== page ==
- Globalisation and Labour Market Adjustment: What role for flexicurity? PAUL SWAIM, OECD [en]
- Restructuring and flexicurity: The macro level. Jens Henrik Haahr, Tine Andersen, Danish Technological Institute [en]
- Sectoral and company level: The role of social partners. SANJA CRNKOVIĆ-POZAÍC, Axis International Consulting [en]
- Summary [en]
- United kingdom: The UK approch. Tony Wilson, Department for Work and Pensions [en]
- Slovakia: The special guarantee fund and active policies. Zuzana Štrbíková Ministry of Labour, Social Affairs and Family [en]
- Austria: The implacement foundation. Christine Holze,r Federal Ministry for Economic Affairs and Labour [en]
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Flexicurity in a context of restructuring
The Thematic Review seminar, “Flexicurity in a context of restructuring”, held in Brussels on 27 September 2006, opened the autumn semester of the Mutual Learning Programme of the European Employment Strategy. Globalisation and the continuing introduction of new technologies mean that workers and enterprises have both the need and the opportunity to adapt. Flexicurity, combining labour market flexibility with a high level of social security, is one frequently advocated way forward for Europe. The seminar was hosted by the European Commission (DG Employment, Social Affairs and Equal Opportunities-DG EMPL) and attended by government delegates, national and European stakeholders and social partners from EU member states, Bulgaria, Croatia and Romania.
The Thematic Review was opened by Antonis Kastrissianakis, Director of DG EMPL. He pointed out that restructuring is an ongoing process in all EU Member States. Job losses are an inevitable impact of this, but international competition and technological change also create new production opportunities and opportunities for better jobs. So the adaptability of workers and enterprises needs to be improved, as do the effectiveness and quality of human capital investment. The 2005 Communication from the Commission on restructuring and employment points out that social cohesion is a distinctive characteristic of the European social model. The novelty of the flexicurity approach is that it places the emphasis on improving both flexibility and security at the same time. Assessing Member States’ national reform programmes in early 2006, the Commission concluded that the objective of improving the adaptability of workers and enterprises was not yet receiving enough attention. The Commission is therefore seeking agreement with the Member States and the social partners on a set of common flexicurity principles.
Maarten Camps, Chair of the EU Employment Committee, said it has been working on the subject of flexicurity in recent months and will certainly continue to do so. It will be assessing how Member States are performing on this and what lessons can be learnt. For the EU Economic Policy Committee’s Labour Market Working Group, Catherine Julien-Hiebel on behalf of Chair Susanne Ackum focussed on the macroeconomic and fiscal implications of flexicurity. While lessons can certainly be learnt from the Danish and other experiences of flexicurity, these are not, she said, automatically transferable to other countries. Hence the need for a cautious approach.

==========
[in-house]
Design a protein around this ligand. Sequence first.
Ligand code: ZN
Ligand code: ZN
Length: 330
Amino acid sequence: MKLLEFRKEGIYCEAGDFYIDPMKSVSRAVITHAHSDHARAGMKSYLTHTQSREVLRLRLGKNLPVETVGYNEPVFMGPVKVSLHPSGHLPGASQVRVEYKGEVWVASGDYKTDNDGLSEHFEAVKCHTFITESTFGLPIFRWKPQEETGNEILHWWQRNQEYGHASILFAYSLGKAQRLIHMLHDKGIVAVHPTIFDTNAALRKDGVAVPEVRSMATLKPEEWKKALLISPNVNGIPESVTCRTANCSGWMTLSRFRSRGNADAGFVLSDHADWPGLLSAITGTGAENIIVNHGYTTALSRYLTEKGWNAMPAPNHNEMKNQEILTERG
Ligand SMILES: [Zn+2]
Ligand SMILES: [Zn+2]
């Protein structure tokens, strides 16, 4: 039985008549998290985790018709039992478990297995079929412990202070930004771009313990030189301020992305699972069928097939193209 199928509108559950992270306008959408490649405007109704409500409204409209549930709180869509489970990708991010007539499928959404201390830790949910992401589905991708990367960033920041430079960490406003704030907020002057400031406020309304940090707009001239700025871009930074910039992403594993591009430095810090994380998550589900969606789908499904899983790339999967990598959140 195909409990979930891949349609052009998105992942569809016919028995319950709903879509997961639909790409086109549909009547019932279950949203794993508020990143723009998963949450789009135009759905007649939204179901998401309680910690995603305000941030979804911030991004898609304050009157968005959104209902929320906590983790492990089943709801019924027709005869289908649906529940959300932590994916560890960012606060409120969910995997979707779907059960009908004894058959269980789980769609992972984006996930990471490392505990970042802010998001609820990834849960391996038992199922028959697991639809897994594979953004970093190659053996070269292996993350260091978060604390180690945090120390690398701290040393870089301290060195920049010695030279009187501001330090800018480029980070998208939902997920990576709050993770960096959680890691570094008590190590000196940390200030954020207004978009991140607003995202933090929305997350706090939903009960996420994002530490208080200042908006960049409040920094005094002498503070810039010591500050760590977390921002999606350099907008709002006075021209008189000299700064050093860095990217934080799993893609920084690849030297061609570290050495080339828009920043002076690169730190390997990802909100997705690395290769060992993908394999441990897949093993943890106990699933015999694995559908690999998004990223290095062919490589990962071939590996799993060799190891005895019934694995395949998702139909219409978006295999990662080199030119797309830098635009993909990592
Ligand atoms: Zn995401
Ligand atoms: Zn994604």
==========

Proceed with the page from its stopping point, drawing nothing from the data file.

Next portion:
Restructuring and flexicurity – the macro level
Thematic experts Jens Henrik Haahr and Paul Swaim reported on research conducted for the Commission and the OECD. They discussed in particular the three main elements of flexicurity: flexible labour markets (more flexible conditions for hiring and laying off employees, enabling companies to respond quickly to market changes while achieving a better match of jobs and skills); income security (through a generous welfare system, helping to ensure that flexibility does not adversely affect social cohesion); and active labour market policies (with a strong element of lifelong learning and training). A distinction was made between employment security, which governments must promote, and job security (a long career in the same job), which workers can no longer necessarily expect. Flexicurity alone will not ensure smooth restructuring. Growth-promoting policies are also needed. But flexicurity does enable faster and better adaptation to external economic pressures.
Country examples and sectoral experiences
Austria – implacement foundations
Austria’s labour foundations (Arbeitstiftungen) are a successful model for the solution of regional structural and labour market problems, through interaction between different labour market actors, notably the social partners. One type of labour foundation is the implacement foundation, which trains unemployed people specifically to meet the current labour needs of participating firms. The modules offered are mainly vocational guidance, active job searches and qualifications training. On-the-job training is always included, and is provided in the firm where the person is subsequently to be hired. Participants receive increased unemployment benefits. By September 2006, there were 47 implacement foundations in Austria. At one foundation, 70% of participants were working full-time within a year of completing the courses and a further 21% were working part-time. Financial support for the foundations comes mainly from European sources, particularly the European Social Fund. The country’s Labour Market Service is strongly involved. Some of Austria’s nine federal states also contribute.